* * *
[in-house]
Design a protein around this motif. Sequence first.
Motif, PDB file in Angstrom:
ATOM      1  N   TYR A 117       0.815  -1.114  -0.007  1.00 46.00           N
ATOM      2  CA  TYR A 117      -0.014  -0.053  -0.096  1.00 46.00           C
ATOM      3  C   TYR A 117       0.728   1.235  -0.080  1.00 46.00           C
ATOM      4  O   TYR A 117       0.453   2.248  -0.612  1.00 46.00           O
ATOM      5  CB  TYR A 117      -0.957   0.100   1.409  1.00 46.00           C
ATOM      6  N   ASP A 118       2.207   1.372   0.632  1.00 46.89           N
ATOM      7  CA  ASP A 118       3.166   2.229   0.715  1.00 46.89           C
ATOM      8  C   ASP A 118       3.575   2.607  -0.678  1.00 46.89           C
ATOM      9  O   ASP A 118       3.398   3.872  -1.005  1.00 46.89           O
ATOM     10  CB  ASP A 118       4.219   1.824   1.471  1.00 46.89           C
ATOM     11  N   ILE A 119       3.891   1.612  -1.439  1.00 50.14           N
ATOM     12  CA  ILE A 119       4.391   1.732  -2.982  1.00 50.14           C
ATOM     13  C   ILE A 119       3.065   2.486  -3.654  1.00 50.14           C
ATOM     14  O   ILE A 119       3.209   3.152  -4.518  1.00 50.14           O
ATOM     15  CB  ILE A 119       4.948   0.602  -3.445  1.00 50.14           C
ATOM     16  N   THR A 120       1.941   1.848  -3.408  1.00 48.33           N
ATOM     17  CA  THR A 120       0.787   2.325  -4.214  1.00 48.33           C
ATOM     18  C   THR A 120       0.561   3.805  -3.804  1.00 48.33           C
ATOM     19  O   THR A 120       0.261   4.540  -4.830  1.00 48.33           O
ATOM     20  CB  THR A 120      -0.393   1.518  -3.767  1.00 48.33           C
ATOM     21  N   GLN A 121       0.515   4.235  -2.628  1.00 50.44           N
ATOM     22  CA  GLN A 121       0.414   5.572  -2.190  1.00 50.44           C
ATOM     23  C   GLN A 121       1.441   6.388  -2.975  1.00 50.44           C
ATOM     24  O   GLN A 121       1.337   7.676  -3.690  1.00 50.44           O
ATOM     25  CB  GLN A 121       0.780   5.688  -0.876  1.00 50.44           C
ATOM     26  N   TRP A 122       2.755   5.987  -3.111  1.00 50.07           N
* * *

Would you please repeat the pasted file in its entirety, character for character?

[in-house]
Design a protein around this motif. Sequence first.
Motif, PDB file in Angstrom:
ATOM      1  N   TYR A 117       0.815  -1.114  -0.007  1.00 46.00           N
ATOM      2  CA  TYR A 117      -0.014  -0.053  -0.096  1.00 46.00           C
ATOM      3  C   TYR A 117       0.728   1.235  -0.080  1.00 46.00           C
ATOM      4  O   TYR A 117       0.453   2.248  -0.612  1.00 46.00           O
ATOM      5  CB  TYR A 117      -0.957   0.100   1.409  1.00 46.00           C
ATOM      6  N   ASP A 118       2.207   1.372   0.632  1.00 46.89           N
ATOM      7  CA  ASP A 118       3.166   2.229   0.715  1.00 46.89           C
ATOM      8  C   ASP A 118       3.575   2.607  -0.678  1.00 46.89           C
ATOM      9  O   ASP A 118       3.398   3.872  -1.005  1.00 46.89           O
ATOM     10  CB  ASP A 118       4.219   1.824   1.471  1.00 46.89           C
ATOM     11  N   ILE A 119       3.891   1.612  -1.439  1.00 50.14           N
ATOM     12  CA  ILE A 119       4.391   1.732  -2.982  1.00 50.14           C
ATOM     13  C   ILE A 119       3.065   2.486  -3.654  1.00 50.14           C
ATOM     14  O   ILE A 119       3.209   3.152  -4.518  1.00 50.14           O
ATOM     15  CB  ILE A 119       4.948   0.602  -3.445  1.00 50.14           C
ATOM     16  N   THR A 120       1.941   1.848  -3.408  1.00 48.33           N
ATOM     17  CA  THR A 120       0.787   2.325  -4.214  1.00 48.33           C
ATOM     18  C   THR A 120       0.561   3.805  -3.804  1.00 48.33           C
ATOM     19  O   THR A 120       0.261   4.540  -4.830  1.00 48.33           O
ATOM     20  CB  THR A 120      -0.393   1.518  -3.767  1.00 48.33           C
ATOM     21  N   GLN A 121       0.515   4.235  -2.628  1.00 50.44           N
ATOM     22  CA  GLN A 121       0.414   5.572  -2.190  1.00 50.44           C
ATOM     23  C   GLN A 121       1.441   6.388  -2.975  1.00 50.44           C
ATOM     24  O   GLN A 121       1.337   7.676  -3.690  1.00 50.44           O
ATOM     25  CB  GLN A 121       0.780   5.688  -0.876  1.00 50.44           C
ATOM     26  N   TRP A 122       2.755   5.987  -3.111  1.00 50.07           N